Here's another poem by Tom Leonard:

in the beginning was the word
in thi beginning was thi wurd
in thi beginnin was thi wurd
in thi biginnin wuz thi wurd
n thi biginnin wuz thi wurd
nthi biginnin wuzthi wurd
nthibiginnin wuzthiwurd
nthibiginninwuzthiwurd
in the beginning was the sound

Jonathan Hope
University of Strathclyde, Glasgow

[2]-------------------------------------------------------------
From:           David Evett <
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Date:           Thursday, 2 May 2002 23:22:00 -0400
Subject: 13.1161 Re: Accents
Comment:        Re: SHK 13.1161 Re: Accents

David Wallace proposes that rhythm in Shakespearean verse is determined
merely by the polysyllabic words.  It is true (as a glance at any
dictionary that oftens guidance about pronunciation will show), that
NAtive ENglish SPEAkers learn where to place stress in POlysylLAbics.
But the rules that govern English phonology (and that can be seen
operating in *Beowulf*, *The Canterbury Tales*, and *Murder in the
Cathedral* as well as in *Hamlet*, are more complex than that.  Process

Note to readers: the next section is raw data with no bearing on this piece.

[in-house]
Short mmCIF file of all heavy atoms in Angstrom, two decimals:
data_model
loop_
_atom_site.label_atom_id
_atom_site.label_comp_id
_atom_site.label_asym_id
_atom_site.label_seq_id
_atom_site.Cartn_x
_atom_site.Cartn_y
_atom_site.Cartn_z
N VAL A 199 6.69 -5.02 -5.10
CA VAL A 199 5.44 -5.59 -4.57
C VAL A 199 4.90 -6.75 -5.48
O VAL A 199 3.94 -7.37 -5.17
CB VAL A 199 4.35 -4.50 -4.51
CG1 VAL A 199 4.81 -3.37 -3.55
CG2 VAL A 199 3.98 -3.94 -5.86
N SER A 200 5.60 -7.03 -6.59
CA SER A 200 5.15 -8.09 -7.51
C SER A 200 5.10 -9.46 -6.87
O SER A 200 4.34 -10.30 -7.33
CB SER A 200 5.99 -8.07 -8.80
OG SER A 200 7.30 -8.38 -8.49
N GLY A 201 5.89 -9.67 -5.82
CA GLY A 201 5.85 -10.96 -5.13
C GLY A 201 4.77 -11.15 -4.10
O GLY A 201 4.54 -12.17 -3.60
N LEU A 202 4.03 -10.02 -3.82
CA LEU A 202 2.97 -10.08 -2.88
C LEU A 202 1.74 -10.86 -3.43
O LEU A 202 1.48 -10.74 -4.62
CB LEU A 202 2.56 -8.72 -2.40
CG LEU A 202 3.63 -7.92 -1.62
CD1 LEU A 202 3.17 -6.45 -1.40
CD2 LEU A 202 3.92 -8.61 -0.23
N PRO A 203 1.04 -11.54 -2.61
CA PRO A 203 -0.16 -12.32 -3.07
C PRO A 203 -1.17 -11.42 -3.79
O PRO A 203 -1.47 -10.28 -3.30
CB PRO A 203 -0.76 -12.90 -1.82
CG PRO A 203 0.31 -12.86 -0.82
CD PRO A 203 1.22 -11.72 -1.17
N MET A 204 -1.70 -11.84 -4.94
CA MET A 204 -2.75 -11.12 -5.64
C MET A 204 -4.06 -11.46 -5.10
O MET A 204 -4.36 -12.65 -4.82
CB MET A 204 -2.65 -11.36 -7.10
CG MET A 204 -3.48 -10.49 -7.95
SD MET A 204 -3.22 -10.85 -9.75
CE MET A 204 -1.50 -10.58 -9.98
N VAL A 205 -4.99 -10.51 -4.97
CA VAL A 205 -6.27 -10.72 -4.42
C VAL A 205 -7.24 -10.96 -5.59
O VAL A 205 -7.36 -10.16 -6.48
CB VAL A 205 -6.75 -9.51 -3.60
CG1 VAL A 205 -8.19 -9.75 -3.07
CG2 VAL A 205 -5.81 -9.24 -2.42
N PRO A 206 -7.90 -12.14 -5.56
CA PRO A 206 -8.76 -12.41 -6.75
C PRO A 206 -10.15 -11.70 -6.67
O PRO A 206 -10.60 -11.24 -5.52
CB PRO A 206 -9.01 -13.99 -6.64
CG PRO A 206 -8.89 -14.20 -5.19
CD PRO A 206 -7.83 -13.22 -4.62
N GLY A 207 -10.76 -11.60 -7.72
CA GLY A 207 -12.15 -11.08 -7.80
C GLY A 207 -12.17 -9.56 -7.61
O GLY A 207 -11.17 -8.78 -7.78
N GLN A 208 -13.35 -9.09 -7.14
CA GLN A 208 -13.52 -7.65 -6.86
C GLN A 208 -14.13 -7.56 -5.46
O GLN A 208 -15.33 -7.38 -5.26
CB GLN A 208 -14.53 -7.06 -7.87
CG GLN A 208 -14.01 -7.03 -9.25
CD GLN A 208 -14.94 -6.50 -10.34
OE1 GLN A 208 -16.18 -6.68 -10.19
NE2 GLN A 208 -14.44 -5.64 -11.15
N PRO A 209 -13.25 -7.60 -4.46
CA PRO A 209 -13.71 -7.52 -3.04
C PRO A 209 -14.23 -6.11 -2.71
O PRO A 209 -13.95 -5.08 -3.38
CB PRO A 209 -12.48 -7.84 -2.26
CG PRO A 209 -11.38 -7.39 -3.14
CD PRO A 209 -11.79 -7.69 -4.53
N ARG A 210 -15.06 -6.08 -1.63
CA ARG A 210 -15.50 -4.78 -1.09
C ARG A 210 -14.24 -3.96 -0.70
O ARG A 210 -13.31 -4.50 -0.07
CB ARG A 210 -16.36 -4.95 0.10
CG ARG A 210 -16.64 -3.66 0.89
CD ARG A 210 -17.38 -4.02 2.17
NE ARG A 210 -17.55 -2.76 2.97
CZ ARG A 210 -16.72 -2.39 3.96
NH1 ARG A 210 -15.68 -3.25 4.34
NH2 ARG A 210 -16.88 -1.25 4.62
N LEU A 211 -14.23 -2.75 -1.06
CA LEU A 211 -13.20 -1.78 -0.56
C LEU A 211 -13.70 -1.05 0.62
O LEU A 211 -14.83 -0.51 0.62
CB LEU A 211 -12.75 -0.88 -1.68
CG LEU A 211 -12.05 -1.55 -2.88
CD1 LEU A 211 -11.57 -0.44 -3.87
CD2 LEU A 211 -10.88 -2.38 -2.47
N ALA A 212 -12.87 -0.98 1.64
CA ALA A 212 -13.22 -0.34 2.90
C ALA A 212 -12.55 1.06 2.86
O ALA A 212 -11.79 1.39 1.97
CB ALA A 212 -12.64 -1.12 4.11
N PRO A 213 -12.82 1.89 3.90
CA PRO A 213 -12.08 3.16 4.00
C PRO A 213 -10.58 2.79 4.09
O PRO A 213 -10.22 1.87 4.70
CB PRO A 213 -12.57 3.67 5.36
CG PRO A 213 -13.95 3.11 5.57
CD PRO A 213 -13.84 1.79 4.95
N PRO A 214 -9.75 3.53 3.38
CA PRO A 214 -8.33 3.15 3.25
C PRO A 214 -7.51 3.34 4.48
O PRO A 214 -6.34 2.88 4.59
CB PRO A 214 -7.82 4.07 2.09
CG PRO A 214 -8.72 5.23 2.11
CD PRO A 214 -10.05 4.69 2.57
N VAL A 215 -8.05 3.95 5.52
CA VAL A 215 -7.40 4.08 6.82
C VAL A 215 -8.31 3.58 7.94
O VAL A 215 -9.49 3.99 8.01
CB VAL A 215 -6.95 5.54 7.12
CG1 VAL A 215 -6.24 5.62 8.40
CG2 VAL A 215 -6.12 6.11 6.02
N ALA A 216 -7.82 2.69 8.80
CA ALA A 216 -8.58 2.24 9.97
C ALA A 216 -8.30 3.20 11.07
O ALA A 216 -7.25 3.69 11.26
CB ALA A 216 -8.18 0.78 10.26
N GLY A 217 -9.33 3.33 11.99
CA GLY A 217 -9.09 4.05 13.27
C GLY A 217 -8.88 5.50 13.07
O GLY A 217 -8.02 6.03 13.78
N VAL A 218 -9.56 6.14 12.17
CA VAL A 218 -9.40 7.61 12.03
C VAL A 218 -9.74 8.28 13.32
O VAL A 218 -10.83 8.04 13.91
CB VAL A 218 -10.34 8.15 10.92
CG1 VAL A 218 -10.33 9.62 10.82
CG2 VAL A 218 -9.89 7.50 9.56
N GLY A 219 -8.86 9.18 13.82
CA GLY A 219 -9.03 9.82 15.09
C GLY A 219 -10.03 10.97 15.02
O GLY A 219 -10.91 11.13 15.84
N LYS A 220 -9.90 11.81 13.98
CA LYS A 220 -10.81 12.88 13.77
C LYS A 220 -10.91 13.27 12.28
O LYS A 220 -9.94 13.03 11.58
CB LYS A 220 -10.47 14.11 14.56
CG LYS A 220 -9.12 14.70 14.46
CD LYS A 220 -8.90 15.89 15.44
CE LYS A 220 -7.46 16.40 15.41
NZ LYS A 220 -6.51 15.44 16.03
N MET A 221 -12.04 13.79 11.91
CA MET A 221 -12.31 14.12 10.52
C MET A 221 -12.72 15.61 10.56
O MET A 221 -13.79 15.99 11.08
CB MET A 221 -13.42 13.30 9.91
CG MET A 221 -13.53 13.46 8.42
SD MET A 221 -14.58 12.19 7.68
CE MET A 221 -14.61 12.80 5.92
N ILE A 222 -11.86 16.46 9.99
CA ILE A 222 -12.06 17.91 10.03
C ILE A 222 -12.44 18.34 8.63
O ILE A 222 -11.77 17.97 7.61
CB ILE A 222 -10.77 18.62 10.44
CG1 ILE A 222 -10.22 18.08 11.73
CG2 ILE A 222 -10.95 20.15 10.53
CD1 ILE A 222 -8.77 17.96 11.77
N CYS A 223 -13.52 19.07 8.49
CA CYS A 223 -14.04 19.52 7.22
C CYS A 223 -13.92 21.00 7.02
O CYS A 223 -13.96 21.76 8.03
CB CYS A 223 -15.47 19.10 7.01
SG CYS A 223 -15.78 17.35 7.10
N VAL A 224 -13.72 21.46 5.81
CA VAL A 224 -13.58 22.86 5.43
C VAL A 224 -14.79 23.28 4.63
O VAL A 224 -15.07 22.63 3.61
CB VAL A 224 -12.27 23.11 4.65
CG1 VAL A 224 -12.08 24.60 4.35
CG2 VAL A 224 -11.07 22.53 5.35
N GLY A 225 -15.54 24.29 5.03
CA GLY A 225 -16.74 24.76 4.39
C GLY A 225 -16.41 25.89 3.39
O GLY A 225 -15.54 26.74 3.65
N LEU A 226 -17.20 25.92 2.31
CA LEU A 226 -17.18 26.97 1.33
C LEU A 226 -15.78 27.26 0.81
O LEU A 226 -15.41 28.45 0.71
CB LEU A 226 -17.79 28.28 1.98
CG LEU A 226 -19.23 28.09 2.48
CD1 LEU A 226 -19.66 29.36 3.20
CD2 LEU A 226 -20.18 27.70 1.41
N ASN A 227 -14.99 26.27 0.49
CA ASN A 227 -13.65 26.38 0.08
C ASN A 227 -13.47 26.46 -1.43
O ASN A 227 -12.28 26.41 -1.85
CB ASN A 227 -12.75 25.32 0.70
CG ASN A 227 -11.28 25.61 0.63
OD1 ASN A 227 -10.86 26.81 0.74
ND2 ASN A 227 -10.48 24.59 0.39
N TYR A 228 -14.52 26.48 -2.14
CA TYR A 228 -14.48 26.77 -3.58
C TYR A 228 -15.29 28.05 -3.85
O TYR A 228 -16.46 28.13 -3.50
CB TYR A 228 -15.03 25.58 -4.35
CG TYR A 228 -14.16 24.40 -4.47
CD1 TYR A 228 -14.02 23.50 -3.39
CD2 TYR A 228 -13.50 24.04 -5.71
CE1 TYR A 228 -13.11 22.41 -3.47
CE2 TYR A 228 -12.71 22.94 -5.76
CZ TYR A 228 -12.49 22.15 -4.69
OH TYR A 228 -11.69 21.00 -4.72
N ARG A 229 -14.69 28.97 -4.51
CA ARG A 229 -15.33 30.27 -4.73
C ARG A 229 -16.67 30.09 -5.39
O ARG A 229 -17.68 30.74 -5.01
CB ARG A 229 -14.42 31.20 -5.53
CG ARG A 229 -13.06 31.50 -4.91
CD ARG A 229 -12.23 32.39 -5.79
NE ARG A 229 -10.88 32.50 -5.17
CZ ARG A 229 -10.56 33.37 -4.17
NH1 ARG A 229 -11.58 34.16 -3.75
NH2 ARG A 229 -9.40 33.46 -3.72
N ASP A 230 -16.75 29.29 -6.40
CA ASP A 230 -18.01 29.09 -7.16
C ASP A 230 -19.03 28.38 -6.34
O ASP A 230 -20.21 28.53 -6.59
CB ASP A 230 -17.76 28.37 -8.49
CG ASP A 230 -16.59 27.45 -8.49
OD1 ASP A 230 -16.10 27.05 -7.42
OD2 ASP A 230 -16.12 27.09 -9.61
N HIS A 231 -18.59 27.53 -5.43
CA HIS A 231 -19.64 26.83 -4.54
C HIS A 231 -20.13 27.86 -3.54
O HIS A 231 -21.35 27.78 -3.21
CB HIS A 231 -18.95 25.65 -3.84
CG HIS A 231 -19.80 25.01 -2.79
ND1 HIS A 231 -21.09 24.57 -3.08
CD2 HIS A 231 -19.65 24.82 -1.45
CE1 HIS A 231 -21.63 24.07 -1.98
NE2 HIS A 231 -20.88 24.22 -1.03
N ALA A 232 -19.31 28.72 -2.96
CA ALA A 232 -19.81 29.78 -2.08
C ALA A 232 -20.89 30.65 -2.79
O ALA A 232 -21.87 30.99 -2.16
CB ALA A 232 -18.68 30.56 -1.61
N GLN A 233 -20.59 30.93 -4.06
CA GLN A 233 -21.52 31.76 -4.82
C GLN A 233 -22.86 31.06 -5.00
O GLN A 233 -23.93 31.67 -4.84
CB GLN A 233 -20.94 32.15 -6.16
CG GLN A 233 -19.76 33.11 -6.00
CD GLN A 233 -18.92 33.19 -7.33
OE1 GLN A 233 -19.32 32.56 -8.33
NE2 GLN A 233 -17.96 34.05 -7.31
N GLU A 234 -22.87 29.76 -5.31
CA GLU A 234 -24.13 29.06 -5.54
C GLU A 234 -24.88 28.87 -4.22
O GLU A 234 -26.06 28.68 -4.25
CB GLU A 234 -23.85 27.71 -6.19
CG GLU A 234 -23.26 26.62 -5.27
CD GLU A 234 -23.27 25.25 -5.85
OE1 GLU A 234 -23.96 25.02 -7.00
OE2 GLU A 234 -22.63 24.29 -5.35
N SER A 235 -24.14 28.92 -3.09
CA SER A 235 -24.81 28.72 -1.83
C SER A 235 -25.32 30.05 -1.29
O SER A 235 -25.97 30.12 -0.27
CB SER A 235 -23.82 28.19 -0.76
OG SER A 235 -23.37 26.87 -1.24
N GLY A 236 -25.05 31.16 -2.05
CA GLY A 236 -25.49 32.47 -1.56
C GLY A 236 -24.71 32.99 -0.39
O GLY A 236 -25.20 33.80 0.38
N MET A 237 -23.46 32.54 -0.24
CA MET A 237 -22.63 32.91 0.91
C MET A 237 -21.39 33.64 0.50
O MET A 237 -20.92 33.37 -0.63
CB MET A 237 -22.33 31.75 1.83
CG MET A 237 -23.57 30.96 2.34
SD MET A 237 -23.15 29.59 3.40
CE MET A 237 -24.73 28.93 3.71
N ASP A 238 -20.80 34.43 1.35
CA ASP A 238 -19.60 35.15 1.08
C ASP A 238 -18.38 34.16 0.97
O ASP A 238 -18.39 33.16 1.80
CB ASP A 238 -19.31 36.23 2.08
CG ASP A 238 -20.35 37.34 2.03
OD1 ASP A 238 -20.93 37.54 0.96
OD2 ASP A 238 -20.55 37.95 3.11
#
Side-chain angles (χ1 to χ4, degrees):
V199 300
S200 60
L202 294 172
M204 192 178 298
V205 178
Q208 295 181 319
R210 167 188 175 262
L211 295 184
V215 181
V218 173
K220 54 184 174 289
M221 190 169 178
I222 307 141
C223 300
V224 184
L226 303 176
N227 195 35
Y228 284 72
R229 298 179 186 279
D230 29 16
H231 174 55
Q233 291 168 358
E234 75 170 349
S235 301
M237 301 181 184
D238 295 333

Mr. Wallace's own ordinary quotidian speech through an oscillograph and
you will observe that in almost every utterance, he stresses-that is,
expends relatively more vocal energy on-monosyllabic active VERBS,
NOUNS, substantive adjectives and adverbs (those that further relate the
other WORDS in the sentence to the LARGE WORLD rather than to each
other), and interjections.  (I USE the simplistic LIST of PARTS of
SPEECH with which MOST of us are familiar.)  He almost always FAILS to
STRESS monosyllabic articles, prepositions and particles, and
conjunctions.  SOME words (auxiliary verbs, pronouns, relational
adverbs) are sometimes stressed, sometimes not.  And special
circumstances (like the ones that govern the first phrase in the
previous sentence) can shift stress from, say, a noun to a modifier,
according to principles that we also learn.  Poets from Caedmon on have
understood this, whether they were working in alliterative, accentual,
strict metrical, or free verse forms.  Within some forms, indeed,
including early modern iambic pentameter, the metrical principle itself
sets up expectations that determine whether middling words get stressed
or not: this shows most clearly in the work of writers to whom strict
meter is still relatively novel-Nicholas Grimald, most high school
sophomores (college sophomores, in fact) trying to write love songs to
other high school sophomores-who use lots of inversions and pleonasms to
make the lines fit the meter.  By the same token, more sophisticated
writers (e.g.  the Shakespeare of *Cymbeline*) can feel free to depart
quite widely from the metrical norm, and still expect that norm to be
perceived.  What it all means is that it is possible for alert readers
to determine with a fairly high certainty the stress rhythm of a given
line of verse, and thereafter to ascertain whether a metrical principle
is at work.  There will, however, be opportunities for disagreement.

Prosodically,
David Evett